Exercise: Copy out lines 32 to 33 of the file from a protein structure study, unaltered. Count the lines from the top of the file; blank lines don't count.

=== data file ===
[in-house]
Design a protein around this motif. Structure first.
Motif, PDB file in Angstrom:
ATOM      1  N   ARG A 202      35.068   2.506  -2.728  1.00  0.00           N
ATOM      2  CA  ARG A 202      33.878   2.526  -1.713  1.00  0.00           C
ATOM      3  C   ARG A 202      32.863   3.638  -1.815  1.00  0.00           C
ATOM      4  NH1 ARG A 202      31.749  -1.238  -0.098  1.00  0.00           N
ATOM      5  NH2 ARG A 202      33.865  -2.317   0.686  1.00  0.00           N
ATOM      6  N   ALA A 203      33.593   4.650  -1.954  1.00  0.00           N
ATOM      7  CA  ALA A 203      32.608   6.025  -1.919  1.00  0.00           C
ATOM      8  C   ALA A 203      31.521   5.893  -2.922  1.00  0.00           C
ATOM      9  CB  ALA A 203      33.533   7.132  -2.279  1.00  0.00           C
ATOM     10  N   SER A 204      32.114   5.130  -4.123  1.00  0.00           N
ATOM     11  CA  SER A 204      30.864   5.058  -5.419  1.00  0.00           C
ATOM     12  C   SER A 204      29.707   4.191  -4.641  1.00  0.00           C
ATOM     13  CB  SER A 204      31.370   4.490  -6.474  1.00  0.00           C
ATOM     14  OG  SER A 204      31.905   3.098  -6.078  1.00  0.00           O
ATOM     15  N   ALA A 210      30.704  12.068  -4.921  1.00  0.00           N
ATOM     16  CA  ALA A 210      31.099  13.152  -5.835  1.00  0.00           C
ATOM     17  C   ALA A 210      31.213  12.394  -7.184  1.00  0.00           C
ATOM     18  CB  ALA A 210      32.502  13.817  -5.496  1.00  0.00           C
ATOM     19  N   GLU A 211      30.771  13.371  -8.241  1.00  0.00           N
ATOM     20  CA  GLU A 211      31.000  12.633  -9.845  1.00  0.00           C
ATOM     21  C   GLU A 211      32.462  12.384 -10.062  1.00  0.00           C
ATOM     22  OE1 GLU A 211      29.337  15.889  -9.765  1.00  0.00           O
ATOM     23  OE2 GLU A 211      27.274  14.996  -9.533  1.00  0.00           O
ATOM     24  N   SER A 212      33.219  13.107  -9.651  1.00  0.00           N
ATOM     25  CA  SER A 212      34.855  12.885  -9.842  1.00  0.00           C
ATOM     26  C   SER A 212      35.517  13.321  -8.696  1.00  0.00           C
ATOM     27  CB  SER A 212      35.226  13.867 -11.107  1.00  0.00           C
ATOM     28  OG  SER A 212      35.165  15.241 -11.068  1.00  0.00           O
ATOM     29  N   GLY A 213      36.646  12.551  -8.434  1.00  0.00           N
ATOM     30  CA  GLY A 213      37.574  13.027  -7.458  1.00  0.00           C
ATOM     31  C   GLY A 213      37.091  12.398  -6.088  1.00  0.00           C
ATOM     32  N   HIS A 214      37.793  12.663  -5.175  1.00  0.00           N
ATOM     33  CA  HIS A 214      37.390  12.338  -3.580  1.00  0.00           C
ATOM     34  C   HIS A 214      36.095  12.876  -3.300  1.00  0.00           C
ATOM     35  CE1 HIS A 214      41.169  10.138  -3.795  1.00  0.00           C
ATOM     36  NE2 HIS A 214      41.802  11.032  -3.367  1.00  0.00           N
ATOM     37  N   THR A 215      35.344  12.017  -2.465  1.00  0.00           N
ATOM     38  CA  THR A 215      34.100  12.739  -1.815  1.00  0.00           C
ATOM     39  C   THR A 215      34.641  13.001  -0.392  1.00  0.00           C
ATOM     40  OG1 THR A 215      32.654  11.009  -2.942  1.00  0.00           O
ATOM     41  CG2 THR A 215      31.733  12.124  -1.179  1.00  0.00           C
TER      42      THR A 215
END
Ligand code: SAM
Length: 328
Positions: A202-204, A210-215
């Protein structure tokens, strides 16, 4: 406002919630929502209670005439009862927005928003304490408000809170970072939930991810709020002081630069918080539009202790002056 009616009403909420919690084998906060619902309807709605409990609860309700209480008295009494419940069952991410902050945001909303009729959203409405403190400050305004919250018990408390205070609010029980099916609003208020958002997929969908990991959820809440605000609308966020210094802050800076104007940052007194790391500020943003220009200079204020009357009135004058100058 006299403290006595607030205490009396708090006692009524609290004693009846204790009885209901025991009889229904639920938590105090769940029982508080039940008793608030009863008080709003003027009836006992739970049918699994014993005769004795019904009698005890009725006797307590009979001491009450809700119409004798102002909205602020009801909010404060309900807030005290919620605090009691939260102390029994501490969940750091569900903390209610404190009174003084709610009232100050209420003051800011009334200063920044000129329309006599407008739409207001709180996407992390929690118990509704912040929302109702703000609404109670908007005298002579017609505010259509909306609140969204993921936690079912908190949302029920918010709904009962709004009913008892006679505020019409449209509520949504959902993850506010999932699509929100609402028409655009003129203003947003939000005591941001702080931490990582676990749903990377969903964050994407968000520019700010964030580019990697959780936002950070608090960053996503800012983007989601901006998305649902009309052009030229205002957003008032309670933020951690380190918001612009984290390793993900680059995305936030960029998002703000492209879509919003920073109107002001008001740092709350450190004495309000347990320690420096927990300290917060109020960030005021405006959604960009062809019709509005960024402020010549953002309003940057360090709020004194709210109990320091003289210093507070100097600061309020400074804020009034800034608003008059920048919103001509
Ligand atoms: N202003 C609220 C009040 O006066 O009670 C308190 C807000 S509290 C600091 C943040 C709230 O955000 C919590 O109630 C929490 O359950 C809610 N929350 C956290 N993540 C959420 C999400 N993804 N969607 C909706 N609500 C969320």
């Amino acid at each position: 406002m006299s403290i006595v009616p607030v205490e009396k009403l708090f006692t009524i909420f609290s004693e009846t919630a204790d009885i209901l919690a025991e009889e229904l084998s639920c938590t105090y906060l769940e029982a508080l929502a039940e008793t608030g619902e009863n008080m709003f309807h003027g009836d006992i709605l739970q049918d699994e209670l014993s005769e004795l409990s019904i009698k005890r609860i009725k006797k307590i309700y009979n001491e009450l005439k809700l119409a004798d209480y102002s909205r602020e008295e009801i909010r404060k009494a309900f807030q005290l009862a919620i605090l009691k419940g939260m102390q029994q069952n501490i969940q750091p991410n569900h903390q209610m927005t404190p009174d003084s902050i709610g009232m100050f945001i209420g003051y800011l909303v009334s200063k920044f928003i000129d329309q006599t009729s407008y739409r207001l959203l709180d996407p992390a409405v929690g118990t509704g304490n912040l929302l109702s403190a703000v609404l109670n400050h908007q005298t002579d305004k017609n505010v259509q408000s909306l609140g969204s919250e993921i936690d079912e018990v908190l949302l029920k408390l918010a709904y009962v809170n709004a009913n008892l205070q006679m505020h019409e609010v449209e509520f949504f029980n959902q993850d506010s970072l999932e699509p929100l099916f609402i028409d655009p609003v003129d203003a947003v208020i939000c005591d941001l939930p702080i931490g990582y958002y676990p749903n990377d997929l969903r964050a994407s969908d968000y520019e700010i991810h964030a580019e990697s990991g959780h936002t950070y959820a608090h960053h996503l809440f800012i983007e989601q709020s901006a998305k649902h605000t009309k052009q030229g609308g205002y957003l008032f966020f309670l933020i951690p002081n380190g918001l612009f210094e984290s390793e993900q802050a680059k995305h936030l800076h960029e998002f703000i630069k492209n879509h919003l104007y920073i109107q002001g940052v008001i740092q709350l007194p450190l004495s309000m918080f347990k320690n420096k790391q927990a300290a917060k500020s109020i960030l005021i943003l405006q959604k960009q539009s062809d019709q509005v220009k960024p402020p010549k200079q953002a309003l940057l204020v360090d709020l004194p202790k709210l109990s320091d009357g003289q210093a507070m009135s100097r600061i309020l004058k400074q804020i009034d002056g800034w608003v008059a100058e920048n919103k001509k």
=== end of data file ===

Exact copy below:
ATOM     29  N   GLY A 213      36.646  12.551  -8.434  1.00  0.00           N
ATOM     30  CA  GLY A 213      37.574  13.027  -7.458  1.00  0.00           C